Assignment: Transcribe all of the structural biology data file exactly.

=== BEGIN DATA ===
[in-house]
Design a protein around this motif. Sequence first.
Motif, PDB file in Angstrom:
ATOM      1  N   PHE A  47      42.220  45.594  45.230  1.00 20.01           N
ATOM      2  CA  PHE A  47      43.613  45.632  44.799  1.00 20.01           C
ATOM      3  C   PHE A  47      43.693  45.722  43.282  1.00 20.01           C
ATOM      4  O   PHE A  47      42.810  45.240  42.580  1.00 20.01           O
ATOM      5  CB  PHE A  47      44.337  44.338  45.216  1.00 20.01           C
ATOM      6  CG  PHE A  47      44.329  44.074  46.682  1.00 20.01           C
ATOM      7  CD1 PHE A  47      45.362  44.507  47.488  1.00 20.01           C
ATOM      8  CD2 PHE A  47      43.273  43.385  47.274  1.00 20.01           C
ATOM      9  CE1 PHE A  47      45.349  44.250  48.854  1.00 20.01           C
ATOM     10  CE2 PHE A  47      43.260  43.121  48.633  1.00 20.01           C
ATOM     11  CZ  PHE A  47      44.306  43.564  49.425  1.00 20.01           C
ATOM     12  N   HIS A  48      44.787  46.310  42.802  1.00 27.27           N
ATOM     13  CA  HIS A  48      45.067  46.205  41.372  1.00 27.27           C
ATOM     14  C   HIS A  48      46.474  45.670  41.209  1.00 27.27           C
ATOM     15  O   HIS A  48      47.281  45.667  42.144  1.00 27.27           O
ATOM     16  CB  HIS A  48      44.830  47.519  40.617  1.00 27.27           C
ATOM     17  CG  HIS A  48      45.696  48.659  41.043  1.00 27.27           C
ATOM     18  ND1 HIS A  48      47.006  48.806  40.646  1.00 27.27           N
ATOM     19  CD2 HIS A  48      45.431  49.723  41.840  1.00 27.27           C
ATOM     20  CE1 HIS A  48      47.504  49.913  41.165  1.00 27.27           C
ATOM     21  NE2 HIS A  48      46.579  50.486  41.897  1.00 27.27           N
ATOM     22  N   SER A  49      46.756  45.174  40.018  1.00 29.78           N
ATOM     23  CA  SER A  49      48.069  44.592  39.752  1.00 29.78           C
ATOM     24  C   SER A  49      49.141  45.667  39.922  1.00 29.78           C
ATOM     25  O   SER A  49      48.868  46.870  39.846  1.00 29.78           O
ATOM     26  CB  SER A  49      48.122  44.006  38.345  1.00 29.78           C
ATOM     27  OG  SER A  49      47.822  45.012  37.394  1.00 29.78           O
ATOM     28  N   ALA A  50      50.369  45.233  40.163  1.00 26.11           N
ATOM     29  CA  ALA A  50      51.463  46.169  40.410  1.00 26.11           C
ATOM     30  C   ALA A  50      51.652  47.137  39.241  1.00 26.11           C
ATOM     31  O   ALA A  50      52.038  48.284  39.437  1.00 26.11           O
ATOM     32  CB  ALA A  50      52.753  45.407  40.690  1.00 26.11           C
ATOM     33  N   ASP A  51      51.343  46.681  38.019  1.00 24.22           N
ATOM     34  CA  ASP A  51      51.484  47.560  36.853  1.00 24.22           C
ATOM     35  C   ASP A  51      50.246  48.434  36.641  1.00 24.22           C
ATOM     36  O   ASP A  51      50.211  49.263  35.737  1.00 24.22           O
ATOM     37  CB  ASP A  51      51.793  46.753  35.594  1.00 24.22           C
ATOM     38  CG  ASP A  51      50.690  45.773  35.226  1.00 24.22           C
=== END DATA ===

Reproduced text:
[in-house]
Design a protein around this motif. Sequence first.
Motif, PDB file in Angstrom:
ATOM      1  N   PHE A  47      42.220  45.594  45.230  1.00 20.01           N
ATOM      2  CA  PHE A  47      43.613  45.632  44.799  1.00 20.01           C
ATOM      3  C   PHE A  47      43.693  45.722  43.282  1.00 20.01           C
ATOM      4  O   PHE A  47      42.810  45.240  42.580  1.00 20.01           O
ATOM      5  CB  PHE A  47      44.337  44.338  45.216  1.00 20.01           C
ATOM      6  CG  PHE A  47      44.329  44.074  46.682  1.00 20.01           C
ATOM      7  CD1 PHE A  47      45.362  44.507  47.488  1.00 20.01           C
ATOM      8  CD2 PHE A  47      43.273  43.385  47.274  1.00 20.01           C
ATOM      9  CE1 PHE A  47      45.349  44.250  48.854  1.00 20.01           C
ATOM     10  CE2 PHE A  47      43.260  43.121  48.633  1.00 20.01           C
ATOM     11  CZ  PHE A  47      44.306  43.564  49.425  1.00 20.01           C
ATOM     12  N   HIS A  48      44.787  46.310  42.802  1.00 27.27           N
ATOM     13  CA  HIS A  48      45.067  46.205  41.372  1.00 27.27           C
ATOM     14  C   HIS A  48      46.474  45.670  41.209  1.00 27.27           C
ATOM     15  O   HIS A  48      47.281  45.667  42.144  1.00 27.27           O
ATOM     16  CB  HIS A  48      44.830  47.519  40.617  1.00 27.27           C
ATOM     17  CG  HIS A  48      45.696  48.659  41.043  1.00 27.27           C
ATOM     18  ND1 HIS A  48      47.006  48.806  40.646  1.00 27.27           N
ATOM     19  CD2 HIS A  48      45.431  49.723  41.840  1.00 27.27           C
ATOM     20  CE1 HIS A  48      47.504  49.913  41.165  1.00 27.27           C
ATOM     21  NE2 HIS A  48      46.579  50.486  41.897  1.00 27.27           N
ATOM     22  N   SER A  49      46.756  45.174  40.018  1.00 29.78           N
ATOM     23  CA  SER A  49      48.069  44.592  39.752  1.00 29.78           C
ATOM     24  C   SER A  49      49.141  45.667  39.922  1.00 29.78           C
ATOM     25  O   SER A  49      48.868  46.870  39.846  1.00 29.78           O
ATOM     26  CB  SER A  49      48.122  44.006  38.345  1.00 29.78           C
ATOM     27  OG  SER A  49      47.822  45.012  37.394  1.00 29.78           O
ATOM     28  N   ALA A  50      50.369  45.233  40.163  1.00 26.11           N
ATOM     29  CA  ALA A  50      51.463  46.169  40.410  1.00 26.11           C
ATOM     30  C   ALA A  50      51.652  47.137  39.241  1.00 26.11           C
ATOM     31  O   ALA A  50      52.038  48.284  39.437  1.00 26.11           O
ATOM     32  CB  ALA A  50      52.753  45.407  40.690  1.00 26.11           C
ATOM     33  N   ASP A  51      51.343  46.681  38.019  1.00 24.22           N
ATOM     34  CA  ASP A  51      51.484  47.560  36.853  1.00 24.22           C
ATOM     35  C   ASP A  51      50.246  48.434  36.641  1.00 24.22           C
ATOM     36  O   ASP A  51      50.211  49.263  35.737  1.00 24.22           O
ATOM     37  CB  ASP A  51      51.793  46.753  35.594  1.00 24.22           C
ATOM     38  CG  ASP A  51      50.690  45.773  35.226  1.00 24.22           C